Sometimes it seems there’s an almost magical alignment between my interests and the projects I am offered: while pregnant, I was assigned a project about pregnancy for The Seattle Times; right before my wedding, I was asked to do a series about marriage, for The Atlantic. It’s extremely flattering when art directors intuit my personal themes,  and then assign me the very projects I would most wish to get.

To start a project, I ruminate on the topic while sifting through all the “art rubble”™ and pulling out everything I think might possibly fit. Working hesitantly, I try and discard approaches, and put things together and dismantle them over and over. Documenting my process all the way through with photos, I fuss with different arrangements until one seems to start telling the story.

Trying to embody the mood of my subject  tends to yield a better result than a more cerebral, or literal, approach. An exploratory process as opposed to planning is also good, as little happy surprises and discoveries can occur, and these are the (rare) moments I live for. I have learned the work will be smarter if I don’t try to think. Sometimes I am surprised by how feelings and subconscious ideas  I was having while mulling things over seem to just find their way in and may get perceived by someone else.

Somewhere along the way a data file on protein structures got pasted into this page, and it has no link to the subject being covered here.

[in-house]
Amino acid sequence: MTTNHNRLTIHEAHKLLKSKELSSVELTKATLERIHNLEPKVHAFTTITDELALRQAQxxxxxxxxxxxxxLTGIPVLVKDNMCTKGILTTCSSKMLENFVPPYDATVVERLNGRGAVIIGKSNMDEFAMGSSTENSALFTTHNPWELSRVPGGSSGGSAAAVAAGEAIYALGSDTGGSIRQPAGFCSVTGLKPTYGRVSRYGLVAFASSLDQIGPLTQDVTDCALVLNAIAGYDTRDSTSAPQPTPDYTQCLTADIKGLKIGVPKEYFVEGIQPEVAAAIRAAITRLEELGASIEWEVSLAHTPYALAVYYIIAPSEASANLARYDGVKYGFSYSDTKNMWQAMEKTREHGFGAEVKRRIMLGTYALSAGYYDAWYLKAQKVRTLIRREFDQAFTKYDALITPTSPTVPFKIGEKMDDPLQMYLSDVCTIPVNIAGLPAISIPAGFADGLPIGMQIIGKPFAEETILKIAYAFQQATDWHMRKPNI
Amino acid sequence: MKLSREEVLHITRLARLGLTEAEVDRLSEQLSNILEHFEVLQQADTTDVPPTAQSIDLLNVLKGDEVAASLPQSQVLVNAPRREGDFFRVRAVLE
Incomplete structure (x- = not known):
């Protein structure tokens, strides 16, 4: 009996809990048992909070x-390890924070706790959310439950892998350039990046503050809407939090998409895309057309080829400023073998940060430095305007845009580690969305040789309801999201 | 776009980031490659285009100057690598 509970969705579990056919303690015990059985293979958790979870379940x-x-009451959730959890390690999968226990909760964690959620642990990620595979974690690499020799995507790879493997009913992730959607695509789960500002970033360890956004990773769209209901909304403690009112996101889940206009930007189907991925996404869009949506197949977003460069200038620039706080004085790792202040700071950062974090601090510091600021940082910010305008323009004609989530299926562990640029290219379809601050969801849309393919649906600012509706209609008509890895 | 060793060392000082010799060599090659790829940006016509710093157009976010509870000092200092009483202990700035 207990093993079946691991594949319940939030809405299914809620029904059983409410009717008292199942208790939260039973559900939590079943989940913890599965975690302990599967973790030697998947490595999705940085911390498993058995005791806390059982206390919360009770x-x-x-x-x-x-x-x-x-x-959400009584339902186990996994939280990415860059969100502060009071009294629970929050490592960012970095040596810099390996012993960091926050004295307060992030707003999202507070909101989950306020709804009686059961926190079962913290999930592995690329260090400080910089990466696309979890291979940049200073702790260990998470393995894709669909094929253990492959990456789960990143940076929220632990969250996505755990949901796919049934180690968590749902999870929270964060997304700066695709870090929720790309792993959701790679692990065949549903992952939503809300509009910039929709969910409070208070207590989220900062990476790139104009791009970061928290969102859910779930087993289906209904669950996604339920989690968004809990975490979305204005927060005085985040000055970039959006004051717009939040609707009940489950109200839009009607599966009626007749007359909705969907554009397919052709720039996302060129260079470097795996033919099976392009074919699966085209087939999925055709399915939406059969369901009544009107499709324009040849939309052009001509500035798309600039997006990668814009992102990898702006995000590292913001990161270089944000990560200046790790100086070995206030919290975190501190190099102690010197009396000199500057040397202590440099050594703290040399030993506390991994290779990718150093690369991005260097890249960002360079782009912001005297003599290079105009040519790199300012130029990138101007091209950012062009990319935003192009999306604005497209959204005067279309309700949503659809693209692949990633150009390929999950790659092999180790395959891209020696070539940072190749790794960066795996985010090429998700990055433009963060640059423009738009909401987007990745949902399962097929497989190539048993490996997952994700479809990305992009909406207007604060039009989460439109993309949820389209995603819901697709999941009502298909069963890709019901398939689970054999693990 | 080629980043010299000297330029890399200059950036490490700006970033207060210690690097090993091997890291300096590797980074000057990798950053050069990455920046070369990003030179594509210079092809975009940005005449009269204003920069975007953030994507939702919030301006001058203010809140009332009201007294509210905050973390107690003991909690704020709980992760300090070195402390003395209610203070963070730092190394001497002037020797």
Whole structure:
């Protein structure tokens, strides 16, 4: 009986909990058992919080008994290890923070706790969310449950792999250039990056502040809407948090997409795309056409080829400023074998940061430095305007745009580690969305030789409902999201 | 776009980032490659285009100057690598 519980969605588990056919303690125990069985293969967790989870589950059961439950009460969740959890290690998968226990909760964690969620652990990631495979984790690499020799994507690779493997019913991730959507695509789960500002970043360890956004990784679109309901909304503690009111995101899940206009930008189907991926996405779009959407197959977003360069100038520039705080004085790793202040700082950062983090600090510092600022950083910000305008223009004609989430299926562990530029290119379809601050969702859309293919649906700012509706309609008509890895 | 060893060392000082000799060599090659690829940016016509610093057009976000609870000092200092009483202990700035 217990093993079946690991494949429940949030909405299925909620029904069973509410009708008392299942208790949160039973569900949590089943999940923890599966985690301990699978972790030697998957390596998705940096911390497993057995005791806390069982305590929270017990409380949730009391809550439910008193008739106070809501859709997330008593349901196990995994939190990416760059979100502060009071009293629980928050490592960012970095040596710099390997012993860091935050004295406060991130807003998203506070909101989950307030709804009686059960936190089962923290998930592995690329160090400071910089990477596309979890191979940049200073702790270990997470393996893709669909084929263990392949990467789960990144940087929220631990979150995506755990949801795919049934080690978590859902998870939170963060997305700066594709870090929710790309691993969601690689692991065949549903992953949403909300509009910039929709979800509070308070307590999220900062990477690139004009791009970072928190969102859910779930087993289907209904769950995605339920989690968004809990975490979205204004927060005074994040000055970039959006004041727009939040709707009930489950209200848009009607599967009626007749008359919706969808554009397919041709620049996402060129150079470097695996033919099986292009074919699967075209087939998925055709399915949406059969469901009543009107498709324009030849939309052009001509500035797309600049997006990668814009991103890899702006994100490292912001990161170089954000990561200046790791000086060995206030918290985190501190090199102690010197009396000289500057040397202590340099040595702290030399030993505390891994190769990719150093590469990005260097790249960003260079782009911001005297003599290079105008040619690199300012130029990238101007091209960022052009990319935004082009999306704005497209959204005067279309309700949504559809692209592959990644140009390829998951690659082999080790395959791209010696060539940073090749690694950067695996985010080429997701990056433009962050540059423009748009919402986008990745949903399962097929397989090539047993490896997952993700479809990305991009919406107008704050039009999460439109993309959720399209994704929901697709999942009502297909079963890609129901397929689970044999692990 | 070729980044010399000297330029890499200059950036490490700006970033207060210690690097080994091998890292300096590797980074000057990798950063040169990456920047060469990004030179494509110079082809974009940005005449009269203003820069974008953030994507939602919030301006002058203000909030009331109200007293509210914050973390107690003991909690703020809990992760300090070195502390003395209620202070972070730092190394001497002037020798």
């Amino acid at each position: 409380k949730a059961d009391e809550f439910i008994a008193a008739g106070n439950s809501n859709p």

It’s important to ruthlessly pare the elements down, with collage. More is less. The main thing is to avoid being banal. Anyone can combine tired old junk for a wistful, backward-looking ambiance. Sincerity and significance are trickier.

I am thrifty, and re-use not only actual specific physical fragments, but also metaphors such as string, or thread, or scissors. I love that they can mean different things for different projects.